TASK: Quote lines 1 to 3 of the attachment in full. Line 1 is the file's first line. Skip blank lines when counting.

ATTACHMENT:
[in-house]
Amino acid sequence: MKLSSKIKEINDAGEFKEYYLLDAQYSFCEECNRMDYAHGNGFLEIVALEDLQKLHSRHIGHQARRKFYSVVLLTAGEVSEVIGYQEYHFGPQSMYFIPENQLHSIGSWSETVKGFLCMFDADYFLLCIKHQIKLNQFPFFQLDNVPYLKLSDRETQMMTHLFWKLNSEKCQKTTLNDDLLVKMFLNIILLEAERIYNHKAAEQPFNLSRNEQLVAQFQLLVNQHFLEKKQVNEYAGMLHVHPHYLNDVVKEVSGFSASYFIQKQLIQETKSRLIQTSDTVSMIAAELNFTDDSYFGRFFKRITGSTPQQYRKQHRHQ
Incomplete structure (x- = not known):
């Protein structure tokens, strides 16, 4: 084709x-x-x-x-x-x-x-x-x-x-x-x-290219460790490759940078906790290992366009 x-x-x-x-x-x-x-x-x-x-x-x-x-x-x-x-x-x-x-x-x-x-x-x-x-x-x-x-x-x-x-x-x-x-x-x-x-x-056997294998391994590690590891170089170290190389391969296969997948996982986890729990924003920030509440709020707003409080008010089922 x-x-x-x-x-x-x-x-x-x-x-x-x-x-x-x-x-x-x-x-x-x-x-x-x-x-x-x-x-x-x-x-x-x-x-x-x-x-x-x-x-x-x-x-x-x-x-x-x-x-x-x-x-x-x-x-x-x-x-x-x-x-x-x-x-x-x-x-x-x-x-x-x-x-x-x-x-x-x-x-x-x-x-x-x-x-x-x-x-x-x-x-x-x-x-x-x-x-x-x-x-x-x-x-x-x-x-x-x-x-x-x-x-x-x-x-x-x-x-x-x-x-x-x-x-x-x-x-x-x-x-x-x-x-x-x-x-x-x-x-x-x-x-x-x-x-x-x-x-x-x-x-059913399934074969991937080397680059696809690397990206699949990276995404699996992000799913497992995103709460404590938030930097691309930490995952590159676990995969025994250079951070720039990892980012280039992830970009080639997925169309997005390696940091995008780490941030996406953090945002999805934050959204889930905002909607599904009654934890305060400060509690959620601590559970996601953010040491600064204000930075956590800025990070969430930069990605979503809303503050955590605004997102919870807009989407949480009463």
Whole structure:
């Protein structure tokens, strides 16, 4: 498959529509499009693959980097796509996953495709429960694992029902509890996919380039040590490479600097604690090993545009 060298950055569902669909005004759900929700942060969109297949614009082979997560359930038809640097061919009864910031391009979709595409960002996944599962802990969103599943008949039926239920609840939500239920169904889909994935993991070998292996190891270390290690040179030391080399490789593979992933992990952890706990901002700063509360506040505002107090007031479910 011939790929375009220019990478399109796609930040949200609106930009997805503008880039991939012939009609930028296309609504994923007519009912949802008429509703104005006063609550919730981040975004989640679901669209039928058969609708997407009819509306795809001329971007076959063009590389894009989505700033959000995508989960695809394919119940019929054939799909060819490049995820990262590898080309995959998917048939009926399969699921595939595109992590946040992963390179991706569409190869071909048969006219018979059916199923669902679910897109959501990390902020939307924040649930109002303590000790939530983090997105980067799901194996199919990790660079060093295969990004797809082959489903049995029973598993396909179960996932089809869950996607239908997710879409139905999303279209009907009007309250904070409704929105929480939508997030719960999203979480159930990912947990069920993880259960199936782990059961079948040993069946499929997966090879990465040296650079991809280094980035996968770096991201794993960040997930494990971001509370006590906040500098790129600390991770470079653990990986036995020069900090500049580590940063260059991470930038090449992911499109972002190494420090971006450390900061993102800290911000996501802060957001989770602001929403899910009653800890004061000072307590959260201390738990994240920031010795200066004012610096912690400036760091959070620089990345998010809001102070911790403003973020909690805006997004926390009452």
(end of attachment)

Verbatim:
[in-house]
Amino acid sequence: MKLSSKIKEINDAGEFKEYYLLDAQYSFCEECNRMDYAHGNGFLEIVALEDLQKLHSRHIGHQARRKFYSVVLLTAGEVSEVIGYQEYHFGPQSMYFIPENQLHSIGSWSETVKGFLCMFDADYFLLCIKHQIKLNQFPFFQLDNVPYLKLSDRETQMMTHLFWKLNSEKCQKTTLNDDLLVKMFLNIILLEAERIYNHKAAEQPFNLSRNEQLVAQFQLLVNQHFLEKKQVNEYAGMLHVHPHYLNDVVKEVSGFSASYFIQKQLIQETKSRLIQTSDTVSMIAAELNFTDDSYFGRFFKRITGSTPQQYRKQHRHQ
Incomplete structure (x- = not known):